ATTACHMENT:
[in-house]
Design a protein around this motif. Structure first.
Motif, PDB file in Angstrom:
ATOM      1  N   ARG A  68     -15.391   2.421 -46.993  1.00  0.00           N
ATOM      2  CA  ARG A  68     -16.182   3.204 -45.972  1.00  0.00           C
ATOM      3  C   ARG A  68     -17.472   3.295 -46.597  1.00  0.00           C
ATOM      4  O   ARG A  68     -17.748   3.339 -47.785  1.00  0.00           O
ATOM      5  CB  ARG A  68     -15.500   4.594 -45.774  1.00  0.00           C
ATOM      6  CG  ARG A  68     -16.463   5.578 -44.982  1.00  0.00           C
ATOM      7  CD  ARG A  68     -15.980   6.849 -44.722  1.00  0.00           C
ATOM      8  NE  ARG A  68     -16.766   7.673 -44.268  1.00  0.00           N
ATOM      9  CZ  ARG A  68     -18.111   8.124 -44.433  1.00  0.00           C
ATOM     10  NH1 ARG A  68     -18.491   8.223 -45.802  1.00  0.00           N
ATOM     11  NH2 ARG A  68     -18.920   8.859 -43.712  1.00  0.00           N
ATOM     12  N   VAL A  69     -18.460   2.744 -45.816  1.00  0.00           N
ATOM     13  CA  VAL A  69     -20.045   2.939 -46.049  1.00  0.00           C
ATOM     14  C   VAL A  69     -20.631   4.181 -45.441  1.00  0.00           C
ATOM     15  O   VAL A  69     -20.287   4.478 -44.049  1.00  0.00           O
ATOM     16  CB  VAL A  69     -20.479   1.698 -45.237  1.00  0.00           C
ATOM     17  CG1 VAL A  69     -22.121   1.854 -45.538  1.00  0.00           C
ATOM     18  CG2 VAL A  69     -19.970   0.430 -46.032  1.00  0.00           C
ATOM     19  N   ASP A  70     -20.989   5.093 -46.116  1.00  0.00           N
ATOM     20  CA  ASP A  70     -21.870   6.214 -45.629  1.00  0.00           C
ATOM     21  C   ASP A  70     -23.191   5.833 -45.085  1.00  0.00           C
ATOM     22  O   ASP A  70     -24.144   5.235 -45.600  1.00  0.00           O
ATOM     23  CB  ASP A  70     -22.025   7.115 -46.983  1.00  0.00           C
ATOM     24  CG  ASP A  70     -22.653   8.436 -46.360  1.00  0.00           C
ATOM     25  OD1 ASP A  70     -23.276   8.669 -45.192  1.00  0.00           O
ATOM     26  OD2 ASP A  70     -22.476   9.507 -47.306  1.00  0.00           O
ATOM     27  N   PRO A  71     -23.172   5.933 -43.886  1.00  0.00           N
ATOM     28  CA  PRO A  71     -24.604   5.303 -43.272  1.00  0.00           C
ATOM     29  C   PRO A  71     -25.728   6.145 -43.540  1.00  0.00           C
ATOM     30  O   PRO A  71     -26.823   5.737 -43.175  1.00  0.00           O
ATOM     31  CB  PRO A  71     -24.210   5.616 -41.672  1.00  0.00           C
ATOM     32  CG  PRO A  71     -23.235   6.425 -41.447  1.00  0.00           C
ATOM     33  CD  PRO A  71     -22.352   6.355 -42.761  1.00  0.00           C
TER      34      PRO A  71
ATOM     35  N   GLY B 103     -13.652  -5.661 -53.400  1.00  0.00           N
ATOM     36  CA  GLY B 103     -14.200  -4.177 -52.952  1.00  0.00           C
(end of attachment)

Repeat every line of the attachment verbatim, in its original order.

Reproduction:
[in-house]
Design a protein around this motif. Structure first.
Motif, PDB file in Angstrom:
ATOM      1  N   ARG A  68     -15.391   2.421 -46.993  1.00  0.00           N
ATOM      2  CA  ARG A  68     -16.182   3.204 -45.972  1.00  0.00           C
ATOM      3  C   ARG A  68     -17.472   3.295 -46.597  1.00  0.00           C
ATOM      4  O   ARG A  68     -17.748   3.339 -47.785  1.00  0.00           O
ATOM      5  CB  ARG A  68     -15.500   4.594 -45.774  1.00  0.00           C
ATOM      6  CG  ARG A  68     -16.463   5.578 -44.982  1.00  0.00           C
ATOM      7  CD  ARG A  68     -15.980   6.849 -44.722  1.00  0.00           C
ATOM      8  NE  ARG A  68     -16.766   7.673 -44.268  1.00  0.00           N
ATOM      9  CZ  ARG A  68     -18.111   8.124 -44.433  1.00  0.00           C
ATOM     10  NH1 ARG A  68     -18.491   8.223 -45.802  1.00  0.00           N
ATOM     11  NH2 ARG A  68     -18.920   8.859 -43.712  1.00  0.00           N
ATOM     12  N   VAL A  69     -18.460   2.744 -45.816  1.00  0.00           N
ATOM     13  CA  VAL A  69     -20.045   2.939 -46.049  1.00  0.00           C
ATOM     14  C   VAL A  69     -20.631   4.181 -45.441  1.00  0.00           C
ATOM     15  O   VAL A  69     -20.287   4.478 -44.049  1.00  0.00           O
ATOM     16  CB  VAL A  69     -20.479   1.698 -45.237  1.00  0.00           C
ATOM     17  CG1 VAL A  69     -22.121   1.854 -45.538  1.00  0.00           C
ATOM     18  CG2 VAL A  69     -19.970   0.430 -46.032  1.00  0.00           C
ATOM     19  N   ASP A  70     -20.989   5.093 -46.116  1.00  0.00           N
ATOM     20  CA  ASP A  70     -21.870   6.214 -45.629  1.00  0.00           C
ATOM     21  C   ASP A  70     -23.191   5.833 -45.085  1.00  0.00           C
ATOM     22  O   ASP A  70     -24.144   5.235 -45.600  1.00  0.00           O
ATOM     23  CB  ASP A  70     -22.025   7.115 -46.983  1.00  0.00           C
ATOM     24  CG  ASP A  70     -22.653   8.436 -46.360  1.00  0.00           C
ATOM     25  OD1 ASP A  70     -23.276   8.669 -45.192  1.00  0.00           O
ATOM     26  OD2 ASP A  70     -22.476   9.507 -47.306  1.00  0.00           O
ATOM     27  N   PRO A  71     -23.172   5.933 -43.886  1.00  0.00           N
ATOM     28  CA  PRO A  71     -24.604   5.303 -43.272  1.00  0.00           C
ATOM     29  C   PRO A  71     -25.728   6.145 -43.540  1.00  0.00           C
ATOM     30  O   PRO A  71     -26.823   5.737 -43.175  1.00  0.00           O
ATOM     31  CB  PRO A  71     -24.210   5.616 -41.672  1.00  0.00           C
ATOM     32  CG  PRO A  71     -23.235   6.425 -41.447  1.00  0.00           C
ATOM     33  CD  PRO A  71     -22.352   6.355 -42.761  1.00  0.00           C
TER      34      PRO A  71
ATOM     35  N   GLY B 103     -13.652  -5.661 -53.400  1.00  0.00           N
ATOM     36  CA  GLY B 103     -14.200  -4.177 -52.952  1.00  0.00           C